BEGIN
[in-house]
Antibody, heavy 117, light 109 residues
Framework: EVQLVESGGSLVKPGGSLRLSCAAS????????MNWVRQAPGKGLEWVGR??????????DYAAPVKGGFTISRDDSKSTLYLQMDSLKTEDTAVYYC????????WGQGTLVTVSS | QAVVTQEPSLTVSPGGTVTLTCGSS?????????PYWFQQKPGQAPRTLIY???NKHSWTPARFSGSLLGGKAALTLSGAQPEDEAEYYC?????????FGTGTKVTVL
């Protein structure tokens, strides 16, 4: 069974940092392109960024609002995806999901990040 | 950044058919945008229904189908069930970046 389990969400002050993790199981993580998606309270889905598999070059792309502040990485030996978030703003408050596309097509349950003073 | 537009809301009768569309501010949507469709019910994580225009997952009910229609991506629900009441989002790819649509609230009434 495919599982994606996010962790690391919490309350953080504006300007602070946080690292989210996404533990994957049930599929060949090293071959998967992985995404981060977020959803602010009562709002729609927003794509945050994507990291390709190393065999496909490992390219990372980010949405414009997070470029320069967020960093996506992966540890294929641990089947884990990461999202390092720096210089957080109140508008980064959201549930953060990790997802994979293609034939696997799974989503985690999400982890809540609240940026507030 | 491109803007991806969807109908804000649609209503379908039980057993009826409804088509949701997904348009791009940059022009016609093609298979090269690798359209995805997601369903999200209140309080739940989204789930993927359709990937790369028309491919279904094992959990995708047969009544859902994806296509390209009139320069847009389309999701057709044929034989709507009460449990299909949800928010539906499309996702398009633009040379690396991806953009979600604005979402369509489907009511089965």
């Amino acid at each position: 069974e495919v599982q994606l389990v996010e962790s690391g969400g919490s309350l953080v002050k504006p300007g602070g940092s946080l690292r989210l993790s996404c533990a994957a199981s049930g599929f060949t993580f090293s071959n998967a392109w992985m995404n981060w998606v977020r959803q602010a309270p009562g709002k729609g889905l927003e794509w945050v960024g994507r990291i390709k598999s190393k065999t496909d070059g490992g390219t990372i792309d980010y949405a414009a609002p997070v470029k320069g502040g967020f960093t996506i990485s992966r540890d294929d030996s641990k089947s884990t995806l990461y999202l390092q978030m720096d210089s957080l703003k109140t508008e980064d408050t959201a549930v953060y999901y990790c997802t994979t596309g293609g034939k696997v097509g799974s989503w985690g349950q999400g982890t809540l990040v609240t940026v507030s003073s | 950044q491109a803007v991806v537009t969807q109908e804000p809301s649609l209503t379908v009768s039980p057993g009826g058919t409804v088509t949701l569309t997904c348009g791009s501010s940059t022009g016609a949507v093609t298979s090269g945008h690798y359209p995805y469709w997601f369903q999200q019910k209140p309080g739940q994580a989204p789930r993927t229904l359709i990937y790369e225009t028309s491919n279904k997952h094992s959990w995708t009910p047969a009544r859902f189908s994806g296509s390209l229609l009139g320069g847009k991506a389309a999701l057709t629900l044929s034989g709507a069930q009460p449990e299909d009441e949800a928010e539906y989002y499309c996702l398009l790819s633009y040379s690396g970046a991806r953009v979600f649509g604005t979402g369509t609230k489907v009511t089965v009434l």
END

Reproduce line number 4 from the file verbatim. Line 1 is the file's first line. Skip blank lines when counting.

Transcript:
């Protein structure tokens, strides 16, 4: 069974940092392109960024609002995806999901990040 | 950044058919945008229904189908069930970046 389990969400002050993790199981993580998606309270889905598999070059792309502040990485030996978030703003408050596309097509349950003073 | 537009809301009768569309501010949507469709019910994580225009997952009910229609991506629900009441989002790819649509609230009434 495919599982994606996010962790690391919490309350953080504006300007602070946080690292989210996404533990994957049930599929060949090293071959998967992985995404981060977020959803602010009562709002729609927003794509945050994507990291390709190393065999496909490992390219990372980010949405414009997070470029320069967020960093996506992966540890294929641990089947884990990461999202390092720096210089957080109140508008980064959201549930953060990790997802994979293609034939696997799974989503985690999400982890809540609240940026507030 | 491109803007991806969807109908804000649609209503379908039980057993009826409804088509949701997904348009791009940059022009016609093609298979090269690798359209995805997601369903999200209140309080739940989204789930993927359709990937790369028309491919279904094992959990995708047969009544859902994806296509390209009139320069847009389309999701057709044929034989709507009460449990299909949800928010539906499309996702398009633009040379690396991806953009979600604005979402369509489907009511089965």